Review: C.O.W.L. #1 is G.R.E.A.T.

From the Haymarket riots to the Summerdale Scandals, or from the Chicago Seven to the coining of the term “Chicago-style politics” during the ’08 presidential election, the city has a richer political history than any other in the country, though it’s one arguably fraught with corruption, danger, and violence. The Pulitizer-winning columnist Mike Royko once remarked that Chicago’s motto, Urbs in Horto (or “City in a Garden”), ought to be changed to Ubi est mea (“Where’s Mine?”).

In C.O.W.L., published this week by Image Comics, writers Kyle Higgins (Nightwing, Deathstroke) and Alec Siegel (Marvel Origins: Vision) are joined by artist Rod Reis to mine Chicago’s history as both a political powder keg and stronghold for organized labor. Enter the Chicago Organized Workers” League, or, well, you can figure out the acronym, ostensibly a labor union for superhumans.

Formerly the Local 503 Brotherhood of Journalists Who Sure Are Away from Their Desks a Lot for Some Reason

Formerly the Local 503 Brotherhood of Journalists Who Sure Are Away from Their Desks a Lot for Some Reason

The issue opens with the defeat of Skylancer, presumed to be the last active superhuman criminal operating in Chicago, which leads the citizens of the city to question the continued need for the organization. By the end of the first issue, the stage is set for the members of C.O.W.L. to justify their own existence, and given the behavior displayed by some of the city’s so-called heroes, it may be difficult to imagine their next move as particularly altruistic. Exploring Chicago’s tumultuous history under the guise of superheroics is a stroke of genius, and the historical flourishes are welcome additions (that the story takes place in 1962, the year the Chicago Federation of Labor finally fell under the umbrella of the AFL-CIO, cannot be a coincidence) to what is already a compelling story.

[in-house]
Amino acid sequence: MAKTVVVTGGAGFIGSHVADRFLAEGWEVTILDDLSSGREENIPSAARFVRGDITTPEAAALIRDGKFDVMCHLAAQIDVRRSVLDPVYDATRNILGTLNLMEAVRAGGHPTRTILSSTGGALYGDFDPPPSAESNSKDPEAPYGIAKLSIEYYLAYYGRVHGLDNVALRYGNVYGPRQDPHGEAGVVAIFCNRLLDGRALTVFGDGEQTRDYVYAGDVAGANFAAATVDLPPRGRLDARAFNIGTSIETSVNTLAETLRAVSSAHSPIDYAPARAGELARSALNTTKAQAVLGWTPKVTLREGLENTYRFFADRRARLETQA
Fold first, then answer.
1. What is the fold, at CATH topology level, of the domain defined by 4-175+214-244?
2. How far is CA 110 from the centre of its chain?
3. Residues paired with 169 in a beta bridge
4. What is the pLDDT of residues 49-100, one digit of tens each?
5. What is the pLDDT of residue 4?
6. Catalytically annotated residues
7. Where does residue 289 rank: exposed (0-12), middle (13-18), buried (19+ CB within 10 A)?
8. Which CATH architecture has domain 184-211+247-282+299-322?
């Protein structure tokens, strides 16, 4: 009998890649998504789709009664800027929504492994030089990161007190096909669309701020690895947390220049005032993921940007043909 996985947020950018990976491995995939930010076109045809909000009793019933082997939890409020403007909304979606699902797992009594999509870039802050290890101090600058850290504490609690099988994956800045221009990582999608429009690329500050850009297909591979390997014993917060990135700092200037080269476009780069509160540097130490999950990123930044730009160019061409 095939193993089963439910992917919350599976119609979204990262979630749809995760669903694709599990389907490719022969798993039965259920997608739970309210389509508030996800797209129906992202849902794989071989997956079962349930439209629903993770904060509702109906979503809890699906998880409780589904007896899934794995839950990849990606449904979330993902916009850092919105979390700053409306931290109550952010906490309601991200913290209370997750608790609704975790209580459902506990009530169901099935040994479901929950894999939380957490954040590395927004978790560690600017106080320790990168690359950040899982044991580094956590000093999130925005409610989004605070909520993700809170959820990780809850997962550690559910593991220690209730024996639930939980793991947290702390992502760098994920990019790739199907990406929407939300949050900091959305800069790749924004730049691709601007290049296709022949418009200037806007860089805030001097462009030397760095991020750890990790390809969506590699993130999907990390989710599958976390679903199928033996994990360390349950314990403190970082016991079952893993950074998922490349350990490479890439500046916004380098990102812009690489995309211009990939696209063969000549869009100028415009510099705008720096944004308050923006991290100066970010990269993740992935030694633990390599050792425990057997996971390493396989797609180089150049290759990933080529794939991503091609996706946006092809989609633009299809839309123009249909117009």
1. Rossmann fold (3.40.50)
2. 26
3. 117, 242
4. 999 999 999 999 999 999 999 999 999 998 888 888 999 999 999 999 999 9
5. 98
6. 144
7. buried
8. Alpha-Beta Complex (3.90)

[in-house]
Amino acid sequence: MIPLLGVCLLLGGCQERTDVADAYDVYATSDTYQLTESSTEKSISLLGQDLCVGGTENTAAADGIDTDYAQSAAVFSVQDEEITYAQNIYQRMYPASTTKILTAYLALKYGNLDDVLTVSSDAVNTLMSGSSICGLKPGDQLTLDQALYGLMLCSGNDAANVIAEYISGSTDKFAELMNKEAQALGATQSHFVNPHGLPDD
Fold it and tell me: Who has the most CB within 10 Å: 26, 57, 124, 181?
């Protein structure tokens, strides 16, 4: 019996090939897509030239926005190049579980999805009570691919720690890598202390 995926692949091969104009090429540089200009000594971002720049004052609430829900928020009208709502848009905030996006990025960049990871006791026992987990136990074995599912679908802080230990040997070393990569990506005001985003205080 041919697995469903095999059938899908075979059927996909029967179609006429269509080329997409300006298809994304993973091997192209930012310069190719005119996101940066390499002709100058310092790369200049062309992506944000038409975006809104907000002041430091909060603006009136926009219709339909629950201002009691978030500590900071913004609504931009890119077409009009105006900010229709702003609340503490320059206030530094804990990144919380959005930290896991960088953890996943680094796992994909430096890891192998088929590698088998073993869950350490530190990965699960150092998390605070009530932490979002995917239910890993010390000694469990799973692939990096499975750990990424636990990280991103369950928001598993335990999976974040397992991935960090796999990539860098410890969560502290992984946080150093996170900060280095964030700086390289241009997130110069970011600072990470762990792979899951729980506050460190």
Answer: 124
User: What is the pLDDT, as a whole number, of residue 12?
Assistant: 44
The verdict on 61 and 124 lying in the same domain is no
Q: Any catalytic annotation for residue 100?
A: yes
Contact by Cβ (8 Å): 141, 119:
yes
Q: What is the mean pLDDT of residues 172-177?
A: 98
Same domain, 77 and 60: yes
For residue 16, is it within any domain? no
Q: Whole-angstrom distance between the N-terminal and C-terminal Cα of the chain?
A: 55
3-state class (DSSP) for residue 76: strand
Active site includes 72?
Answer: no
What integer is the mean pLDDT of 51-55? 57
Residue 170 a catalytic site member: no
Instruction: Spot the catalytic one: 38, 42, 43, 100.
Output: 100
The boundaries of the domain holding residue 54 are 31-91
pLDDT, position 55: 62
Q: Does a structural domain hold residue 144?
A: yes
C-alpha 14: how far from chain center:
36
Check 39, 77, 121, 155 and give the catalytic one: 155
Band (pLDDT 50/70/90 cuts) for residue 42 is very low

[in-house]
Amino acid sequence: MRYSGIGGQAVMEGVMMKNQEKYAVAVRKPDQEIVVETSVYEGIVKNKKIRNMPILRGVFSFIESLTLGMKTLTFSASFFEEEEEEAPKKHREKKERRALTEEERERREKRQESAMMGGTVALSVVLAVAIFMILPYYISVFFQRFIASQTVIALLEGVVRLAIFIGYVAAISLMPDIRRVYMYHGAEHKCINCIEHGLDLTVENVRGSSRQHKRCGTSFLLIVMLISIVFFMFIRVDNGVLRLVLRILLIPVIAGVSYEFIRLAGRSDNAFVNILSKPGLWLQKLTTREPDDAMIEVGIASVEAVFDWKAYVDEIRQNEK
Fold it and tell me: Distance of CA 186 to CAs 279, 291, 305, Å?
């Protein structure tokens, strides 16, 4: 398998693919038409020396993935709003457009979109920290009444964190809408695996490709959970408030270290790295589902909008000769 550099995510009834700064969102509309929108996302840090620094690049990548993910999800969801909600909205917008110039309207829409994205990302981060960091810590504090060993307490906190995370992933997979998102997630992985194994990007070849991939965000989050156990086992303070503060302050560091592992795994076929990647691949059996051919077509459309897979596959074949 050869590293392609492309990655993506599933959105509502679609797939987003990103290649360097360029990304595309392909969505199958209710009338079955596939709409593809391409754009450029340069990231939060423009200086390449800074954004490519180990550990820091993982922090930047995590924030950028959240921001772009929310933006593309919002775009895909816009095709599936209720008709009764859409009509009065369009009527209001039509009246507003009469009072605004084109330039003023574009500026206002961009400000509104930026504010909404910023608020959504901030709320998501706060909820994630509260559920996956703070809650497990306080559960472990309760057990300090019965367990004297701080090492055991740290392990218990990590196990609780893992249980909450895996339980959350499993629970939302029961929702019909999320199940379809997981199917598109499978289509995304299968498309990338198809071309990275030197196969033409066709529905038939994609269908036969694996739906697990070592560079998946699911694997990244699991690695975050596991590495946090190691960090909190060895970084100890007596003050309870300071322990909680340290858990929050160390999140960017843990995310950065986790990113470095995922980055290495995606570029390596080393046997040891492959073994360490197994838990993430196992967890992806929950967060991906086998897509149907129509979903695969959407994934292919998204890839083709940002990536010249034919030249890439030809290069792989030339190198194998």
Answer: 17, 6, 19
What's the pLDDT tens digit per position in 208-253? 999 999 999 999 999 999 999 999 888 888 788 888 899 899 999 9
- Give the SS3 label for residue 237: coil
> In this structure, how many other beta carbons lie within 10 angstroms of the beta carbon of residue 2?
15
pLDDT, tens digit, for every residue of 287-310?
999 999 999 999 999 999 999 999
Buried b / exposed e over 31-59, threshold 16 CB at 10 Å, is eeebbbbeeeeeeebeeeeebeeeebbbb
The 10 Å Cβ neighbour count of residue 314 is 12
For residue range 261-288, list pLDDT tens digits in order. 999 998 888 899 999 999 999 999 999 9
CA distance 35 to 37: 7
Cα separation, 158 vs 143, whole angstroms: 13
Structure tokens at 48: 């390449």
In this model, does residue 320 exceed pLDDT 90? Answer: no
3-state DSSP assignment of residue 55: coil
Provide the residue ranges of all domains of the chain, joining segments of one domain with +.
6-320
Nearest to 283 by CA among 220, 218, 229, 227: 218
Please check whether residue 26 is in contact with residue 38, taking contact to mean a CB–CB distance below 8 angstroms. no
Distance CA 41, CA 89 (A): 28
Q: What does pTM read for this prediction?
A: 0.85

The book is an easy sell even without the excellent art by Rod Reis. Reis, known primarily as a colorist, lends the book a stylized appearance appropriate for its setting. His work is reminiscent of Kent Williams or Phil Noto, and he gives the book a Mad Men-like authenticity.

Mad Men is a good basis for comparison, actually: we can’t really root for these heroes. We can only watch and hope the damage they do to themselves and to the people around them — and in this case, to their city — is minimal. Recommended.


Amala seriously cannot believe this $#!+.

Eric Palicki loves Chicago and hates to see it torn apart, even in a funnybook.  The first three issues of his own graphic novel, ORPHANS, are available on comiXology or at DriveThru ComicsRead his work for and about comics on his website. Follow him on Twitter.

Eric previously reviewed Amala’s Blade and found that to be pretty terrific, too.

More from Eric Palicki

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